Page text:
While the costs of the ANZUS treaty have been paid in blood, its benefits have been far less obvious, yet no less significant. The ANZUS treaty was only the beginning of Australia’s security relationship with Washington. In 1955, Australia became party to the UKUSA Agreement, an intelligence cooperation treaty whose existence wasn’t officially confirmed until 2005, and that has been described by Edward Snowden as a “supra-national intelligence organisation.” The UKUSA Agreement was followed by interoperability agreements between the same five nations’ militaries and their defence organisations. Combined, these agreements have ensured, according to The Economist, “the near absolute interoperability and co-ordination” of the Australian and US militaries. While some academics question Australia’s obsession with interoperability, the desire for further integration of the Australian and American armed forces remains firmly in the mainstream.
The benefits of the US alliance have not only been borne out in times of war. The unsung achievement of the ANZUS treaty was the establishment in 1985 of annual meetings — the AUSMIN talks — between the US secretaries of state and defense and Australia’s ministers for foreign affairs and defence. For a middle-power, this sort of intimate access to those at the top of the global superpower is invaluable. Whereas Canada has the convenience of a common border with the United States, and Europeans the benefit of the collective weight of the European Union, Australia has to work hard to maintain the attention of Washington.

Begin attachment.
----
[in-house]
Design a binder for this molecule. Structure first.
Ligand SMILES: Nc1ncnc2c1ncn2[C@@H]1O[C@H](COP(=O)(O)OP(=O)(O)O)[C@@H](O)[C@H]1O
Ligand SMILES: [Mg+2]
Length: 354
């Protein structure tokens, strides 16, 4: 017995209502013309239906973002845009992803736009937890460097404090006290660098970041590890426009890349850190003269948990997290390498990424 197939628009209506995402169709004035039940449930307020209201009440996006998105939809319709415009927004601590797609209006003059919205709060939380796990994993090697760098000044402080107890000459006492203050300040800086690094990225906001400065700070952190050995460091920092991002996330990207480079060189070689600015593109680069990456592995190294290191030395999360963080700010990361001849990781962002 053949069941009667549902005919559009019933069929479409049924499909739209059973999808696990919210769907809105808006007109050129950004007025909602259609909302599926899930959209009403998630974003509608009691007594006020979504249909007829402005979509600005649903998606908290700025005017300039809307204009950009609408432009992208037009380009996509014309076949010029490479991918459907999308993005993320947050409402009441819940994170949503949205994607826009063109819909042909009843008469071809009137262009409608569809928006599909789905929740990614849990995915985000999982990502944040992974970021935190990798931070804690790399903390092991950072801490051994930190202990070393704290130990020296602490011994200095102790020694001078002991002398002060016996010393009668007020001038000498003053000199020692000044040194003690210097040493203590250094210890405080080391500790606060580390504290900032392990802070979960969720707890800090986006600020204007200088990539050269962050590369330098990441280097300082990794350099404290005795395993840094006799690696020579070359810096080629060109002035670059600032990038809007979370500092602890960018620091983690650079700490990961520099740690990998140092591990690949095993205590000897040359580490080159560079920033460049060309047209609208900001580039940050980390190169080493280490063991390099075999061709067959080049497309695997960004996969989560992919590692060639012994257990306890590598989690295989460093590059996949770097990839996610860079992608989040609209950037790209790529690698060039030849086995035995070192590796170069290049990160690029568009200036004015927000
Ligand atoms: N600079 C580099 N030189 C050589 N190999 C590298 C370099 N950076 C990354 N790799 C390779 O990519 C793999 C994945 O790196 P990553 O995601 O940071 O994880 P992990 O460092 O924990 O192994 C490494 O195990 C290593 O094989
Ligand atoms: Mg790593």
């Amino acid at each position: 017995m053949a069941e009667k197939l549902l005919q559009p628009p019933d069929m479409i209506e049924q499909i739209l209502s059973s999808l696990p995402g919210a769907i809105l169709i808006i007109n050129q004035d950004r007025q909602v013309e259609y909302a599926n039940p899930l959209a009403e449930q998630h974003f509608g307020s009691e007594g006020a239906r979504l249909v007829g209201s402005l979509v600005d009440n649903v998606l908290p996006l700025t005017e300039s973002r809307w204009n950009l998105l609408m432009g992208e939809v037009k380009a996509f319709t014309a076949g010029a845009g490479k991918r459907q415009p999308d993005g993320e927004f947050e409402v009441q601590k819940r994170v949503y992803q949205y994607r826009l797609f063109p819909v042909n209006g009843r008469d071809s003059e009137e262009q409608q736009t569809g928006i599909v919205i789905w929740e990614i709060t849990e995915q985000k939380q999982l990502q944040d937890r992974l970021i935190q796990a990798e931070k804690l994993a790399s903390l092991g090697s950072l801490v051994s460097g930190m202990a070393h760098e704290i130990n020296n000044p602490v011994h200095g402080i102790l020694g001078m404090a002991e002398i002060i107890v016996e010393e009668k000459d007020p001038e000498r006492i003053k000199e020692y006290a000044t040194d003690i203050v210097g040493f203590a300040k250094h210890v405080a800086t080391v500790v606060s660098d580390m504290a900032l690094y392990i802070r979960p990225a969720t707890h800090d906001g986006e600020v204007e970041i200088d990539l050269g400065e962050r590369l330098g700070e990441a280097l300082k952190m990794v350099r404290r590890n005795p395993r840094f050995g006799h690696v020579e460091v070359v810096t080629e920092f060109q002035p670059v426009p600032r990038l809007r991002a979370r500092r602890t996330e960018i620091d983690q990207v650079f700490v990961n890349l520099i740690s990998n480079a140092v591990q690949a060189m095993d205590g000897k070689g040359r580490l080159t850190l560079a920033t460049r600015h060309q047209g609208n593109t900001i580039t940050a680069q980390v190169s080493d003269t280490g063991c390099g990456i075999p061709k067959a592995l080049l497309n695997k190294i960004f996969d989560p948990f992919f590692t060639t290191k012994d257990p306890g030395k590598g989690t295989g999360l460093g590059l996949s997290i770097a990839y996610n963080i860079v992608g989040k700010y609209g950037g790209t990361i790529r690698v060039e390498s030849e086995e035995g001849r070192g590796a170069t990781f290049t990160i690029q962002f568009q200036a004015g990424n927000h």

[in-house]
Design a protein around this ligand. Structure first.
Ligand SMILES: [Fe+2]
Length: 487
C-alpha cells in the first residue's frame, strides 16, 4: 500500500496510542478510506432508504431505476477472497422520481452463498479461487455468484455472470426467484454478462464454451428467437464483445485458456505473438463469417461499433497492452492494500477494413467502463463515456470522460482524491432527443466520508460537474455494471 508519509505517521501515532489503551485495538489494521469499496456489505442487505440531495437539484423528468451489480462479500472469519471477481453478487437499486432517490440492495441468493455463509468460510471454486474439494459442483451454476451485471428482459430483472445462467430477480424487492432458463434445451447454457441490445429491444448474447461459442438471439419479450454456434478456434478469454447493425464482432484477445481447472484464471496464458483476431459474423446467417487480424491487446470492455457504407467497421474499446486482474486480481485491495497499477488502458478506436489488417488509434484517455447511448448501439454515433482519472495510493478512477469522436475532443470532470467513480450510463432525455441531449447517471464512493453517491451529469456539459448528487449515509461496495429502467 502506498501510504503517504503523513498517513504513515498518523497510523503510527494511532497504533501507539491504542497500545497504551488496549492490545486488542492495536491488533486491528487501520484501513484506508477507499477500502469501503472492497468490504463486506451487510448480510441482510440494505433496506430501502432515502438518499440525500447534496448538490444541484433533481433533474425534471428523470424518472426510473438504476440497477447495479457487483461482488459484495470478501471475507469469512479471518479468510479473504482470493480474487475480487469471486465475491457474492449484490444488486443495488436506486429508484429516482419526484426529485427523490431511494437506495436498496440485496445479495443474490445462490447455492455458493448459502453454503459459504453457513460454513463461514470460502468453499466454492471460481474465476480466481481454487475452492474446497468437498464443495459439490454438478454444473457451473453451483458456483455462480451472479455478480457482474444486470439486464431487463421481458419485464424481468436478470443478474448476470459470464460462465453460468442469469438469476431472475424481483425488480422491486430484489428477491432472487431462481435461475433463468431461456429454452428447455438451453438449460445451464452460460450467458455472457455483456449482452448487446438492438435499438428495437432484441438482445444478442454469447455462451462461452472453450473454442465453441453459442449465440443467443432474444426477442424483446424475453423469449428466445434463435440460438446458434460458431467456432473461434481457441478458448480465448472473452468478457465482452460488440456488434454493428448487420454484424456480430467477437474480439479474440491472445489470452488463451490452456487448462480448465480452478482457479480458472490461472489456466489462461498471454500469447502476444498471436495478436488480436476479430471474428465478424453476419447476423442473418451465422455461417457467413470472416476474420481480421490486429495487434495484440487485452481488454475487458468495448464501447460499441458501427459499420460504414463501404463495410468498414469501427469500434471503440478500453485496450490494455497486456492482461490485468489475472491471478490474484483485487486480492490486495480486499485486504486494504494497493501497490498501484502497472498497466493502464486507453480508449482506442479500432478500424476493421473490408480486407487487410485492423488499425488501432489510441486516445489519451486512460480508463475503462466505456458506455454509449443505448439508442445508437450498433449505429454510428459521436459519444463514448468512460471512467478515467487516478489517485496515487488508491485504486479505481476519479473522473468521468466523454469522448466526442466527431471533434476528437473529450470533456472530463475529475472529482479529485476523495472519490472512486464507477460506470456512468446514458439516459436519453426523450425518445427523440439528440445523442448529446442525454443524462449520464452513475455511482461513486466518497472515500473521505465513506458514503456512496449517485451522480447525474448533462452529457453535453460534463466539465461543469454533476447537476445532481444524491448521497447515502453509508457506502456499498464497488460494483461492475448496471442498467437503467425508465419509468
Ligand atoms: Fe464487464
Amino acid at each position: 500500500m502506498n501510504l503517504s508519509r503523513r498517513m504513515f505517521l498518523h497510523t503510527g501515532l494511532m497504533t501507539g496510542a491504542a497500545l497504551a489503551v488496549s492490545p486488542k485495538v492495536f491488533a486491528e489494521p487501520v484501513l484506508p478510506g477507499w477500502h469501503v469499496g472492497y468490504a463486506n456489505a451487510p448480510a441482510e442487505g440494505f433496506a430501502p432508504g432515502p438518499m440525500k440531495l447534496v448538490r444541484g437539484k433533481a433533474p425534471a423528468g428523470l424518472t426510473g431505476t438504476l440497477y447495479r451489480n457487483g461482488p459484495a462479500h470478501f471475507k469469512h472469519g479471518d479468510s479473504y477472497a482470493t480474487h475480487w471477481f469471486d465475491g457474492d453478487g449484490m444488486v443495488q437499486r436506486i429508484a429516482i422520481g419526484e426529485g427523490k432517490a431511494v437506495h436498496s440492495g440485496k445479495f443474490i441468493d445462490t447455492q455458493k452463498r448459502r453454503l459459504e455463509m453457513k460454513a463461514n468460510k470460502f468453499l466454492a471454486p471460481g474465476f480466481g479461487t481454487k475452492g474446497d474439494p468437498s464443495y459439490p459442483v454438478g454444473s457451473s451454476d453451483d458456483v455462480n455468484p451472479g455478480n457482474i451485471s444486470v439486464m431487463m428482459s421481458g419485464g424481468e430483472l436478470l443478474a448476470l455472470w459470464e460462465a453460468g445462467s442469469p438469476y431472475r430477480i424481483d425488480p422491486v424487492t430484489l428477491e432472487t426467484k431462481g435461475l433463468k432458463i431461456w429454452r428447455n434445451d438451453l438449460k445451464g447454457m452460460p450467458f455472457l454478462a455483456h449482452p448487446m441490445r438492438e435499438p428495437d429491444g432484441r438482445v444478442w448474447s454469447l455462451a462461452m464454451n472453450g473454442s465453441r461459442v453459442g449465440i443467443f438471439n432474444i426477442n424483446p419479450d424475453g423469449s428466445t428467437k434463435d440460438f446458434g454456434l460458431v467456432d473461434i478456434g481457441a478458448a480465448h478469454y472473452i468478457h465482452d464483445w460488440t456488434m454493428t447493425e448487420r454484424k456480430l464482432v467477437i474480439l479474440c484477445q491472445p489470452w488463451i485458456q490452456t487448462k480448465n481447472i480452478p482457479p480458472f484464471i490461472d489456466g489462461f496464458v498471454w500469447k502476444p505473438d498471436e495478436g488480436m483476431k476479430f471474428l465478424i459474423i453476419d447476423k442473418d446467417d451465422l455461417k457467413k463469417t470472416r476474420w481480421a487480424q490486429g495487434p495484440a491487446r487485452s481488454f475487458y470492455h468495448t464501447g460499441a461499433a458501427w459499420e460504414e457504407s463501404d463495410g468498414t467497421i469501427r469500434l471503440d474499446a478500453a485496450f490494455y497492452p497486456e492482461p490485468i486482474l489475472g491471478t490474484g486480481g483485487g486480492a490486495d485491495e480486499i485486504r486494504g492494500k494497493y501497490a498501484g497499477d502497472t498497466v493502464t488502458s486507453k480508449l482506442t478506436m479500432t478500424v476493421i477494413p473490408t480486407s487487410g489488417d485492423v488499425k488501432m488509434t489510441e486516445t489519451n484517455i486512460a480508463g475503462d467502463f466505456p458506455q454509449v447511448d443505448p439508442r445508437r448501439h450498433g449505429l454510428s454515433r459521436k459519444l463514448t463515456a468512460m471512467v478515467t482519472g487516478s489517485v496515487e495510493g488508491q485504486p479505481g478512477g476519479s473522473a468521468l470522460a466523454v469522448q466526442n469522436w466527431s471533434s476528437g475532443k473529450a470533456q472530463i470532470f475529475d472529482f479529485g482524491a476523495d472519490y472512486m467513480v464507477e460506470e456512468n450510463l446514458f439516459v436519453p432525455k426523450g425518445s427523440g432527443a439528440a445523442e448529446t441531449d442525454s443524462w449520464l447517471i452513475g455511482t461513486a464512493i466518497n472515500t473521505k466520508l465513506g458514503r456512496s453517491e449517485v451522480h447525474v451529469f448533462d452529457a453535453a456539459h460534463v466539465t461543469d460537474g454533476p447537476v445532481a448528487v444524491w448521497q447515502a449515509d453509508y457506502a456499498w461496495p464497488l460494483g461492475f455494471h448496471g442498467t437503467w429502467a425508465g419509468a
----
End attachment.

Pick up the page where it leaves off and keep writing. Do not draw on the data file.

It has certainly managed to hold its own. Australia was an important influence in elevating the G20 to a leader-level summit following the 2008 financial crisis. Meanwhile, the Australia–United States Free Trade Agreement signed in 2004 — rightly or wrongly seen by some as a “reward” for Australia’s involvement in the wars in Iraq and Afghanistan — has boosted two-way trade by US$8.22 billion a year.
Costs and benefits aside, the question of whether the US alliance should remain at the centre of Australian foreign policy really comes down to its alternatives. Those who question the logic of the US alliance need only think back to the Second World War and the fear created by the “Brisbane Line,” the alleged proposal to abandon northern Australia in the event of a Japanese invasion. The idea that Australia can defend its expansive north is as laughable now as it was then. Should war break out in the Asia–Pacific, it would present the greatest threat to Australian national security in almost a century. With so much at stake, Australia would inevitably be drawn into the conflict, US alliance or not — its most recent Defence White Paper identifies its interests as lying in the “Indo-Pacific Strategic Arc.”